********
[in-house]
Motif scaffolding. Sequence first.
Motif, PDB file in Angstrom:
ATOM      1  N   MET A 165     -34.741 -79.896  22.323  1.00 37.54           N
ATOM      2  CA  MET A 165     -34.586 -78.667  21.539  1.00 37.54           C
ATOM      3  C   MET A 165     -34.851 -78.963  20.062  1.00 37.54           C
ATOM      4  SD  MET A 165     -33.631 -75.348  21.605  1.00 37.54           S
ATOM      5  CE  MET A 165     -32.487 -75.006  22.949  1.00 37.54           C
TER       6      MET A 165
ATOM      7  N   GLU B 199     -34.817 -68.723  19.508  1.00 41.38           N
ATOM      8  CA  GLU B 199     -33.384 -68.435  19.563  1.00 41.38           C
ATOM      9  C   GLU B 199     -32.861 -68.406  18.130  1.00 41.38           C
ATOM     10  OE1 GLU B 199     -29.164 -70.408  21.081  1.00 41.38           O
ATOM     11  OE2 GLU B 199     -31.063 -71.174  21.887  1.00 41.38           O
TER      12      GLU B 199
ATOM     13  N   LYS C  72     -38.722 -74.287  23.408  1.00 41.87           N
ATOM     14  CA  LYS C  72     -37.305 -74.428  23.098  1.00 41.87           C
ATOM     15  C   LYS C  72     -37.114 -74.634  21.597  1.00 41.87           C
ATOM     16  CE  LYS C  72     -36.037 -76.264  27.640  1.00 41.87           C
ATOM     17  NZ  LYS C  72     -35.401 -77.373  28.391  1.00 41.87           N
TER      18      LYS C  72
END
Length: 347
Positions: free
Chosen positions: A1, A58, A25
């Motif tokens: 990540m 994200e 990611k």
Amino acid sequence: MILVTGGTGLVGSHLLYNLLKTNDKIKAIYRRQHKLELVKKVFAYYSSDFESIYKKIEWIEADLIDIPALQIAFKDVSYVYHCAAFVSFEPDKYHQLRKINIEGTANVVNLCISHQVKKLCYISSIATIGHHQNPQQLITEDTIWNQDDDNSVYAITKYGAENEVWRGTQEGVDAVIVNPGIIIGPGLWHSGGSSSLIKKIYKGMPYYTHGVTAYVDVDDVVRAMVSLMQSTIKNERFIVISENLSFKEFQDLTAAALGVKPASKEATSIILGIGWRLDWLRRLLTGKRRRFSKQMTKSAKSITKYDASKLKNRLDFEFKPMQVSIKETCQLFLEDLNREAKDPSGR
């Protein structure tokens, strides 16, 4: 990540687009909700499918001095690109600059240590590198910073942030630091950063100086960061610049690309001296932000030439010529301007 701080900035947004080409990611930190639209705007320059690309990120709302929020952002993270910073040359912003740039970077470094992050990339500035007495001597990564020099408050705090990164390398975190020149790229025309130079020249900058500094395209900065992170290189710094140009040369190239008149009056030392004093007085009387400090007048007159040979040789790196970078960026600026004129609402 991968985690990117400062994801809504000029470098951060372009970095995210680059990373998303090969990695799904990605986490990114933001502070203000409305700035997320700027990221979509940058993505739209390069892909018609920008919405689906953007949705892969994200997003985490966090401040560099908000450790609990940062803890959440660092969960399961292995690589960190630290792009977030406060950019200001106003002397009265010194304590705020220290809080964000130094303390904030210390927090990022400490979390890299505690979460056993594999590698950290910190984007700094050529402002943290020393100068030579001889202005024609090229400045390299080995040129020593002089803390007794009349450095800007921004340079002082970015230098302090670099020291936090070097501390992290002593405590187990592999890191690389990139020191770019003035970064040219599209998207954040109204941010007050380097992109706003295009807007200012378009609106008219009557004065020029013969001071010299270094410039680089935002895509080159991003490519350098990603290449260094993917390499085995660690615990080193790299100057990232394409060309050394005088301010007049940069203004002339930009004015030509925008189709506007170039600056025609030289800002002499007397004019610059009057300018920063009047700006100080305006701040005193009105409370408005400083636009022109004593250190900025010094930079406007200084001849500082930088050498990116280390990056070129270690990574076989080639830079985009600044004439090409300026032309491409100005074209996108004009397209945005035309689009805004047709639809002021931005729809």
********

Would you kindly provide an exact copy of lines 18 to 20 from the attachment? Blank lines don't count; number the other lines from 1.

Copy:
ATOM     15  C   LYS C  72     -37.114 -74.634  21.597  1.00 41.87           C
ATOM     16  CE  LYS C  72     -36.037 -76.264  27.640  1.00 41.87           C
ATOM     17  NZ  LYS C  72     -35.401 -77.373  28.391  1.00 41.87           N